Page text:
Here is just a sample, there is more, much much more information out there on this.
It is, once again, a way for someone to profit off of you
. If you know this, and you don't care, then that's fine, but the majority of
people, especially children, have *no idea*, nor do their parents, I can assure you.
HOW do you people think Facebook got *so* rich? Advertising banners? Really? Really?! You don't pay for membership. Use your heads.
I would wager that probably 98% of websites that you sign up to sell information on you even if they swear they do not. Even websites you trust will
harvest cookies from you from other places that you have been to *target* advertising to your habits.
Go ahead and test one. Make a fresh email account, sign up to your favorite website, and then watch that email for one week. Try it, it may shock you.
Better yet, delete all your cookies, browse the web for a certain single item, then go to a site you think you trust and don't login, that has
advertising banners, and watch that subject pop up in the banners.
Why do you think some websites don't automatically log you out?
Using Google email? It is a direct line to the CIA, FBI, and heaven knows what others of the alphabet soups.
Now our ISP's are required to track us.
Social Security Numbers Harvested Using Facebook And Facial Recognition Software
Posted by Alexander Higgins - August 2, 2011 at 11:29 am
Researchers have demonstrated the ability to identify individuals from a single photo and learn social security numbers using Facebook profiles and
publicly available information.
As Facebook makes the push to require governments to track everyone's internet
activity by calling for the end of anonymous Internet usage researchers unveil a new study showing the risks associated with such new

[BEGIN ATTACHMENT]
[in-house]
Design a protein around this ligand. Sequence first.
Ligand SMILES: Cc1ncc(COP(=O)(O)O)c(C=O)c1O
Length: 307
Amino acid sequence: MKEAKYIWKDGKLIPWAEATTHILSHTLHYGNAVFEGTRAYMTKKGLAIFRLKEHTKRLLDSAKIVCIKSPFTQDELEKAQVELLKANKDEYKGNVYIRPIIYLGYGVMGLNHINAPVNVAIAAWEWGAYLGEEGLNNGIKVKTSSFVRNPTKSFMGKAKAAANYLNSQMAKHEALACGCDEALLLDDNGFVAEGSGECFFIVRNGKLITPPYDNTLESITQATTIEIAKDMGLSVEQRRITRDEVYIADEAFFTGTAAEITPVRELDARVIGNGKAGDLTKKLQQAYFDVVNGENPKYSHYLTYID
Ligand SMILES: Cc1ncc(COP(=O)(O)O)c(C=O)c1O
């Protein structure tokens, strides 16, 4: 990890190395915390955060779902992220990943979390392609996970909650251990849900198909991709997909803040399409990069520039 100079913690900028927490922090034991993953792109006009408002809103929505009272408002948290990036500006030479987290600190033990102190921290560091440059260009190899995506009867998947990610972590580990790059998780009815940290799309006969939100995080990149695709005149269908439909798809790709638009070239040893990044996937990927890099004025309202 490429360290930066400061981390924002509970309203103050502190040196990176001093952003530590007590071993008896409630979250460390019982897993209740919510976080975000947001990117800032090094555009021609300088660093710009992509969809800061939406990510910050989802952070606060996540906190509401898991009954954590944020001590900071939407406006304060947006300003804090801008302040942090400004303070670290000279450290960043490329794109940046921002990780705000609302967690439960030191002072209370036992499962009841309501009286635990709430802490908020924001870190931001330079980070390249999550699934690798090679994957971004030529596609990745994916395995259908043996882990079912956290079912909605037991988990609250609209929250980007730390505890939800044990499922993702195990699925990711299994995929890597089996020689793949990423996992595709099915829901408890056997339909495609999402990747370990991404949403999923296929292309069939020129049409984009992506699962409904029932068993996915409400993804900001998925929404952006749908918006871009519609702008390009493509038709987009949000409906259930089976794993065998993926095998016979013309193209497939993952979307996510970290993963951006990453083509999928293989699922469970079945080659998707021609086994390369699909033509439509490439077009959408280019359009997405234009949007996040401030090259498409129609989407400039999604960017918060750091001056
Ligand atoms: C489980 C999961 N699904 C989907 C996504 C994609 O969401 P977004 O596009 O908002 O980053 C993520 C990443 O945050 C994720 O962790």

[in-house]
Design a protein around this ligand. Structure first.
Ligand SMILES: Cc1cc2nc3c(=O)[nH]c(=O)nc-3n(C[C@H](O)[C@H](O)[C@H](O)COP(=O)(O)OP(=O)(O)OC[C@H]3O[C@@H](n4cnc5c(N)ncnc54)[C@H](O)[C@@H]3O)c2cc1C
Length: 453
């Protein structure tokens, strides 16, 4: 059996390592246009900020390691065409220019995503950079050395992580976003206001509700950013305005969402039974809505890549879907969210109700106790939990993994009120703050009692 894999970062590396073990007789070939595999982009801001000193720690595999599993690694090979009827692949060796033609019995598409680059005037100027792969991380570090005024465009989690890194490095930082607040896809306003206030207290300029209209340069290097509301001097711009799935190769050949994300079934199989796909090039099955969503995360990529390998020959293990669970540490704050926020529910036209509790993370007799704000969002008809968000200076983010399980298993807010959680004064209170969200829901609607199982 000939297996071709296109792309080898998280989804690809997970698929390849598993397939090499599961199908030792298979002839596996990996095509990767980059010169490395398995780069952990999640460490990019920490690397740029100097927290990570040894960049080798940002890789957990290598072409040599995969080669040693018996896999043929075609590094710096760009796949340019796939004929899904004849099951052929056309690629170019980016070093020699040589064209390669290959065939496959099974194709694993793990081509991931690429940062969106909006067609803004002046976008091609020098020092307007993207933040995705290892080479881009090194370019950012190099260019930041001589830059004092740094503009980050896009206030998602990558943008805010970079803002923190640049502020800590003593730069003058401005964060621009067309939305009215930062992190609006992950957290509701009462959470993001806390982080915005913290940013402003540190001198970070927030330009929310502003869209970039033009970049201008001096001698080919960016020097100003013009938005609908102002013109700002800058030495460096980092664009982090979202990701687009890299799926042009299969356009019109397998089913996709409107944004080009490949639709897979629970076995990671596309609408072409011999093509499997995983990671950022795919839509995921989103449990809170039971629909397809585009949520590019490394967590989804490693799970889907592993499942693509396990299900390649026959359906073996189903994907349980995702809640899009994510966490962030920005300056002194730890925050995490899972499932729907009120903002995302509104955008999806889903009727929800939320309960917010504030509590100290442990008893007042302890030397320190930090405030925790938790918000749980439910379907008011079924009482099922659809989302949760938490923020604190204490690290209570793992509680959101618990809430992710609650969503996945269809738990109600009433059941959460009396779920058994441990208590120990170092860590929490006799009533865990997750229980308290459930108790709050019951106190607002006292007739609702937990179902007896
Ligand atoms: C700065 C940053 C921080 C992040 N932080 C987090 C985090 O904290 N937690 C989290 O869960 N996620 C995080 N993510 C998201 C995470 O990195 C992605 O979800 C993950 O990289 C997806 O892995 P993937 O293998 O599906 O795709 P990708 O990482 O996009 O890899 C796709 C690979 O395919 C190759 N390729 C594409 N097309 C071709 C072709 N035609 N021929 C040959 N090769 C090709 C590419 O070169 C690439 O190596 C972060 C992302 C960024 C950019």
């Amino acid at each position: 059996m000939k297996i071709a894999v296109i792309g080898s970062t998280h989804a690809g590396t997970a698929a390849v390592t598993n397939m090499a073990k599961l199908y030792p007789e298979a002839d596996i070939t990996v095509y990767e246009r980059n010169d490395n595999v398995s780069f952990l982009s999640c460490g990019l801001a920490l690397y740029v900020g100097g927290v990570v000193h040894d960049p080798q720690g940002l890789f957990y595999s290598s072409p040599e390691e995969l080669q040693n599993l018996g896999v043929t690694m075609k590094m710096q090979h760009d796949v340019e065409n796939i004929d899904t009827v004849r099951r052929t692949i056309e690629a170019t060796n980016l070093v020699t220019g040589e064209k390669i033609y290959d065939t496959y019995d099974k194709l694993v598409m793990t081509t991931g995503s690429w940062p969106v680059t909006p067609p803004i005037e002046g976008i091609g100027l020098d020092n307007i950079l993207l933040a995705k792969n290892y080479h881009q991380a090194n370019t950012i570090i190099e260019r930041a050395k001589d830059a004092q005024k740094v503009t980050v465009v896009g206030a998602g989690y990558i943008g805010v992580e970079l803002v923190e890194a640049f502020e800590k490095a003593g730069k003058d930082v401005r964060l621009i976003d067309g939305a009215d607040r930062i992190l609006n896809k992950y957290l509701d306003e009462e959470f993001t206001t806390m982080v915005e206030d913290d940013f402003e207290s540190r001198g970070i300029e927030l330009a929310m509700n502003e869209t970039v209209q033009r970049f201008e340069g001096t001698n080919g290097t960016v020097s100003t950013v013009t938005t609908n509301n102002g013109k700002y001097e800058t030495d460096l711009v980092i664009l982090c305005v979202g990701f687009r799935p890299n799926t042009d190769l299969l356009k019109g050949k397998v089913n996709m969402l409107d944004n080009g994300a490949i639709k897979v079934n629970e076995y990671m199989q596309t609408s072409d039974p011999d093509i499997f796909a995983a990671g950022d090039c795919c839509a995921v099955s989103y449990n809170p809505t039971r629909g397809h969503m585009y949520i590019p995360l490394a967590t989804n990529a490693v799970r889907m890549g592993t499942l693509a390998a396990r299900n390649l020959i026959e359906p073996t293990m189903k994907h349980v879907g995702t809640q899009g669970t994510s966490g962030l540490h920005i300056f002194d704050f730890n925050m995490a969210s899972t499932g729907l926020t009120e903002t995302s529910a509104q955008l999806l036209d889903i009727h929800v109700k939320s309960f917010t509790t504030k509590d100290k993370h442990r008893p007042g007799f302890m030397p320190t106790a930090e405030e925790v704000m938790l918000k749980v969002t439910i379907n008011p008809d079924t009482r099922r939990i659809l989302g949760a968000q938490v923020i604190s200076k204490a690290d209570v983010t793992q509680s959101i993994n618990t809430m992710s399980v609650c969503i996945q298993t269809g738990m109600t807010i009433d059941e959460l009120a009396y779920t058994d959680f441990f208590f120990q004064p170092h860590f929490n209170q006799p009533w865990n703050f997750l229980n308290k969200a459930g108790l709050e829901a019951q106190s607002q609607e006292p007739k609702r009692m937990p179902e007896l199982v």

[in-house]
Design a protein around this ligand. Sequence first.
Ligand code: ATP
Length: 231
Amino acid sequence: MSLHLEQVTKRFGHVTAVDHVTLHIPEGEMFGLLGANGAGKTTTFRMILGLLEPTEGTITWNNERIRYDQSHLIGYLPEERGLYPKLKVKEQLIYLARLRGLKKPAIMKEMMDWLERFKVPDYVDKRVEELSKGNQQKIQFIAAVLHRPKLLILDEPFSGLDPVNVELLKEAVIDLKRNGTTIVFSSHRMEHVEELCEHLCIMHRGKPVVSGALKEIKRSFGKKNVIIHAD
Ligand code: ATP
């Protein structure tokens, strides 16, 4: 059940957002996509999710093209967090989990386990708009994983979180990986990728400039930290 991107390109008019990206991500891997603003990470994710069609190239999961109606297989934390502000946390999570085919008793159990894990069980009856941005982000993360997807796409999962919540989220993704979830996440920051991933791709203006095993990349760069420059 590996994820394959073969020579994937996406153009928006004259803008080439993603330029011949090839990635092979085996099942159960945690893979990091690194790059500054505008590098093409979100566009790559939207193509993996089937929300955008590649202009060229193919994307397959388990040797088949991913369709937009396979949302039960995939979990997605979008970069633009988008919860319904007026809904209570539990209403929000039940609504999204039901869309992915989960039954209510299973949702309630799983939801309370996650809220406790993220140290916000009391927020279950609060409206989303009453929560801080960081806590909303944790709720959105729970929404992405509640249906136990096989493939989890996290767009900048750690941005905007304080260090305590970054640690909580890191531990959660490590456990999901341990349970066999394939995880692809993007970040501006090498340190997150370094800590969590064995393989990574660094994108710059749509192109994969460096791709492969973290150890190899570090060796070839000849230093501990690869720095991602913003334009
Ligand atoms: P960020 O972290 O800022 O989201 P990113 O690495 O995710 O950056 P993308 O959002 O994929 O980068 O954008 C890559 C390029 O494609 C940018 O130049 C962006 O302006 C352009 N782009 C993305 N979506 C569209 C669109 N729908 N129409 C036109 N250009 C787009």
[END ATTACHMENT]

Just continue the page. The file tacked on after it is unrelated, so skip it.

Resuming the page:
regulations being implemented.
What Facebook fails to recognise
Facebook has form for being cavalier with users' privacy, but its new facial recognition software has truly dangerous implications
guardian.co.uk, Tuesday 14 June 2011 23.00 BST
Facebook recently introduced a facial recognition photo feature, with opt-in as default
And it's not just this constant meddling with our settings that's releasing our information – there are also security holes, not to mention
scams and release of our data by third-party apps, which the Wall Street Journal found "were sending Facebook ID numbers to at least 25 advertising
and data firms, several of which build profiles of internet users by tracking their online activities". More recently, Facebook was adding apps to
our profiles that we hadn't requested and which we were unable to permanently disable.
And these front doors – and also back doors – are available for governments, including our own, which has been surveilling such security "risks"
as the Quakers and calling Virginia opponents of mountaintop removal "terrorists" (pdf) (while excluding the Ku Klux Klan).
Facebook facial recognition called illegal
Published: 3 Aug 11 09:20 CET
Johannes Caspar, Hamburg’s data protection official, on Tuesday said the feature was a serious violation of people’s rights to determine what is
done with their personal data. He added that German authorities would take quick legal action if Facebook did not comply with his demands.
This could include fines of up to €300,000 ($426,000), Caspar said.
“Should Facebook maintain the function, it must ensure that only data from persons who have declared consent to the storage of their biometric
facial profiles be stored in the database,” he said.
Five Hidden Dangers of Facebook
May 11, 2010 5:39 PM
(CBS) Facebook claims it has 400 million users. But are they well-protected from prying eyes, scammers and unwanted marketers?
Not according to Joan Goodchild, senior editor of CSO (Chief Security Officer) Online.
She says your privacy may be at far greater risk of being violated than you know when you log onto Facebook, due to security gaffes or marketing
efforts by the company.
Facebook came under fire this week, when 15 privacy and consumer protection organizations filed a complaint with the Federal Trade Commission,
charging that the site, among other things, manipulates privacy settings to make users' personal information available for commercial use.
• Your information is being shared with third parties
• Privacy settings revert to a less safe default mode after each redesign
• Facebook ads may contain malware
• Your real friends unknowingly make you vulnerable
• Scammers are creating fake profiles
... and the list goes on. Never have, never will, have a Facebook, Myspace, or any other type page like that. The only HTML I will use is what I write
by hand for a private website. If my information or email is ever sold, I know who did it.